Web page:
By Naomi Weiss
Lament is frequently represented as a musical paradox in Greek tragedy. From Cassandra’s nomos anomos (“tuneless tune”) in Aeschylus’ Agamemnon to the description of mourning as “unmusical” in Euripidean drama, the musicality of lamentation tends to be simultaneously stressed and negated. The motif of the “unmusical muse” has been viewed in terms of its emotive affect—the pleasure produced by songs of suffering (Segal 1993).
By Amy Lather
In archaic and classical usage, thauma, "wonder", and its cognates are used to designate the overwhelming affective power of certain phenomena. And while thauma is most often cited as a response to visual experiences, there are several passages that link it specifically to music. In this paper I consider three passages in which such an encounter is described in detail in order to elucidate the ways in which music could evoke thauma.
By Juan Pablo Mira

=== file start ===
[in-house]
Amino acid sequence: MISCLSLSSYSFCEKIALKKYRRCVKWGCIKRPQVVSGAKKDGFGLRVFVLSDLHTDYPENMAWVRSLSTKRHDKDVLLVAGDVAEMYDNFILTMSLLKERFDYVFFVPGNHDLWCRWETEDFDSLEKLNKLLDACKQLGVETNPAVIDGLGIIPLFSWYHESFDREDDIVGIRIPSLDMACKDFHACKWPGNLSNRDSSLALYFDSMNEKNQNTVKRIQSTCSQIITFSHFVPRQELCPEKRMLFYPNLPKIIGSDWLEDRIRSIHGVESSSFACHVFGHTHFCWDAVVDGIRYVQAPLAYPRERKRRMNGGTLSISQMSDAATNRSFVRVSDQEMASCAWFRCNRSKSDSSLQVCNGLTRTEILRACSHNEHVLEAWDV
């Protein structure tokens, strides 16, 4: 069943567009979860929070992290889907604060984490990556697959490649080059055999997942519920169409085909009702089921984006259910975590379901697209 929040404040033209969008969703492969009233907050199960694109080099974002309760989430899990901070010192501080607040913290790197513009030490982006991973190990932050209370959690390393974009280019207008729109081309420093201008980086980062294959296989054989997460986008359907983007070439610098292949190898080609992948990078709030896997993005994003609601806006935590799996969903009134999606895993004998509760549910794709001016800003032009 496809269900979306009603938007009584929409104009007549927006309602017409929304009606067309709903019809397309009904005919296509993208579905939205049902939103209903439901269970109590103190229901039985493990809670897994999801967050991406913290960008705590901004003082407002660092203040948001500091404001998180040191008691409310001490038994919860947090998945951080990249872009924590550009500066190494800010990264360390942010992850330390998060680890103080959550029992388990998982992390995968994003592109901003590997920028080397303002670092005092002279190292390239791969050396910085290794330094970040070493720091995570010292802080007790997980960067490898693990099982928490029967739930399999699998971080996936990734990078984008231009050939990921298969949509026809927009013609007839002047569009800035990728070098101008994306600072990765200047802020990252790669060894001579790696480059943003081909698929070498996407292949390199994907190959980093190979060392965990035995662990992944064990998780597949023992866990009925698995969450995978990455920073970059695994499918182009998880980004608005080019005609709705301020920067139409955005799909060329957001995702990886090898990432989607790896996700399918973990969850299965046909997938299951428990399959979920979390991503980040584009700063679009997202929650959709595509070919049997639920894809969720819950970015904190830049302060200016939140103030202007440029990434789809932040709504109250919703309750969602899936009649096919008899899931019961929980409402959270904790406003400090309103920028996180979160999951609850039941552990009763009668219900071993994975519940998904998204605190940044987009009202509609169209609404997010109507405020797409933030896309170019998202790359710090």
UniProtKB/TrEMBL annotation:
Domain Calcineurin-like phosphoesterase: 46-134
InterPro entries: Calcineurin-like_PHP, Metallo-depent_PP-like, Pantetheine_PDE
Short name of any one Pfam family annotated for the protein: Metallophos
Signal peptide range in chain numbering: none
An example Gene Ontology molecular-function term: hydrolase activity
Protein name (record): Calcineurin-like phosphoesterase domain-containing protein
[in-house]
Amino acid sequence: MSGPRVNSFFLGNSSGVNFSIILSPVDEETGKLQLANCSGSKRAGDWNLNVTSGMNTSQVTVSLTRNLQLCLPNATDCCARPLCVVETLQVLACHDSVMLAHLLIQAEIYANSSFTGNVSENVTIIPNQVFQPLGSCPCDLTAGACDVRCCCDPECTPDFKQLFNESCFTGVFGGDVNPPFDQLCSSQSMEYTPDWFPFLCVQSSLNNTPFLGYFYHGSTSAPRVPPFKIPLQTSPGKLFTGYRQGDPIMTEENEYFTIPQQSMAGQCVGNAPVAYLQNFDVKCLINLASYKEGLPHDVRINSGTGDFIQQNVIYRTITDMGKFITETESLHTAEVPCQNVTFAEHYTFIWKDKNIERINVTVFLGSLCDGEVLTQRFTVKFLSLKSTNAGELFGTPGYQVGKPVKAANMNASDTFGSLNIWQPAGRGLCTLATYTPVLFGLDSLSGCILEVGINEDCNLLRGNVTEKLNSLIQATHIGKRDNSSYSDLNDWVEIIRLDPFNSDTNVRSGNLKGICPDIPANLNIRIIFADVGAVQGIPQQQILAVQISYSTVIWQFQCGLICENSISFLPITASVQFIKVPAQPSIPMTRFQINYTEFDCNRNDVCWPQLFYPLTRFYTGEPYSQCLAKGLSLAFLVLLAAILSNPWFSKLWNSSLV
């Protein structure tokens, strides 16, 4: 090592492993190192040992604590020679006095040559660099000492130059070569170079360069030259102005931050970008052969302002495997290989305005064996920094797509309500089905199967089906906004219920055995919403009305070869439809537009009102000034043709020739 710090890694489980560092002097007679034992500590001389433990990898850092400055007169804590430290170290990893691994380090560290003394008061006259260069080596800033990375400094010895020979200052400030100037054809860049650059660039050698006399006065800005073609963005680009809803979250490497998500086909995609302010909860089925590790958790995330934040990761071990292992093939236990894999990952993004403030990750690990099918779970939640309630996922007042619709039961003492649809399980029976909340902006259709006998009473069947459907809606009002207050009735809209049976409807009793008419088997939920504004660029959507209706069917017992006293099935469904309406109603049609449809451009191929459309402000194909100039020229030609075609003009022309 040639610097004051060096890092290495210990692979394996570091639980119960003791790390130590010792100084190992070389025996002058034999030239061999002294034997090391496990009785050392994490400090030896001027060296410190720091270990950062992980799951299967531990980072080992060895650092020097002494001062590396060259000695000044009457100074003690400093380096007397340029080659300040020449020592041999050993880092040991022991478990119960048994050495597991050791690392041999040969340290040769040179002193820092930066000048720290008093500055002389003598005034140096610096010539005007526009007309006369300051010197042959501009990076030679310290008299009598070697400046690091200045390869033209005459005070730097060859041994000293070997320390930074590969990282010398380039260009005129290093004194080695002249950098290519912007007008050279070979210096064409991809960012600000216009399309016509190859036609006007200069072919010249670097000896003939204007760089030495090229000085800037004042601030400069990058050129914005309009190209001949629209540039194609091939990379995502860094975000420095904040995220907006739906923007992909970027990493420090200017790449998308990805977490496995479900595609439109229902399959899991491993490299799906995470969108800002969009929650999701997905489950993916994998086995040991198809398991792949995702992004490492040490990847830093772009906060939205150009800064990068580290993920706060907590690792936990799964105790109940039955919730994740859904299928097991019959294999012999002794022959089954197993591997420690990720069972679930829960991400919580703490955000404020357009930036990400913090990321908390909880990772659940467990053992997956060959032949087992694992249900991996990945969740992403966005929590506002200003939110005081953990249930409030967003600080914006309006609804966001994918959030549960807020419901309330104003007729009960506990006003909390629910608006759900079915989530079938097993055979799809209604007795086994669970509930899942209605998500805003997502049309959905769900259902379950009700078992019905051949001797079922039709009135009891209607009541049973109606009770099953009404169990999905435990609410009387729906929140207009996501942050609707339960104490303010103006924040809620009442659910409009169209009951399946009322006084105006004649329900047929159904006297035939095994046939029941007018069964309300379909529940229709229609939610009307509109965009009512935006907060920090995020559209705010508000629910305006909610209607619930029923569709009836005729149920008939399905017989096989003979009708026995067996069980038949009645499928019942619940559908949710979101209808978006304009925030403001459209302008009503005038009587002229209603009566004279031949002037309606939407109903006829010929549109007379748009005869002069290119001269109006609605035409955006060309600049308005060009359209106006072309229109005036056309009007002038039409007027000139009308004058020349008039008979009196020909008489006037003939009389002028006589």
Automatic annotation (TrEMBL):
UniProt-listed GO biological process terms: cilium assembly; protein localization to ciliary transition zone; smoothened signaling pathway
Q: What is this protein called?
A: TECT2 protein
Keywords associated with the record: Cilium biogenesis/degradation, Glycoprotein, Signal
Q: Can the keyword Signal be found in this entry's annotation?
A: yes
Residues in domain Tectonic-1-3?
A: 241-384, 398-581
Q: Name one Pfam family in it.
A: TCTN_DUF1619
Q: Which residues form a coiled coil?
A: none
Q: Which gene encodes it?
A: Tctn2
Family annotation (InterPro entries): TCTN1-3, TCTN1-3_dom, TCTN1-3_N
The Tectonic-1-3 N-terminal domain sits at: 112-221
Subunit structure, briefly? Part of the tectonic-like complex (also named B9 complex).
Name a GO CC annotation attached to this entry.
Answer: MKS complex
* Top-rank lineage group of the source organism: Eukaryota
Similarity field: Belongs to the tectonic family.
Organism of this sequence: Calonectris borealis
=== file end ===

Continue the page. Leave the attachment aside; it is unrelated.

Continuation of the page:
Music affords a suitable “ambient” for the arousal of emotion and can change the appearance of and object, and so our belief towards that object. In this sense music acts as a catalyst for the appearance of emotions, imitating their physiological output, i.e. bodily motions and sounds. It can make us, like wine, readily vulnerable and apt to an emotional response changing our body; but the emotional response is about something different outside the music, i.e., a proper intentional object able to arouse emotions.
By Andreas Kramarz
This paper will investigate to what degree the concepts related to “musical emotion,” a term coined by contemporary music psychology, can be traced in ancient classical music theory. As the debate among present-day philosophers of music and psychologists shows, the notion of “musical emotion” is not clearly defined, nor is there agreement on what role, if any, it plays in the musical experience.
By Karin Schlapbach
This paper examines the nexus of dance and emotion in ancient mystery rites. It does so by focusing on the apocryphal Acts of John, a little studied text which continues the literary tradition related to the ancient mysteries. This text spells out most clearly the intimate connection between dancing, sensory-emotional experience and cognition. The analysis is complemented with recent neurobiological research on intersubjectivity.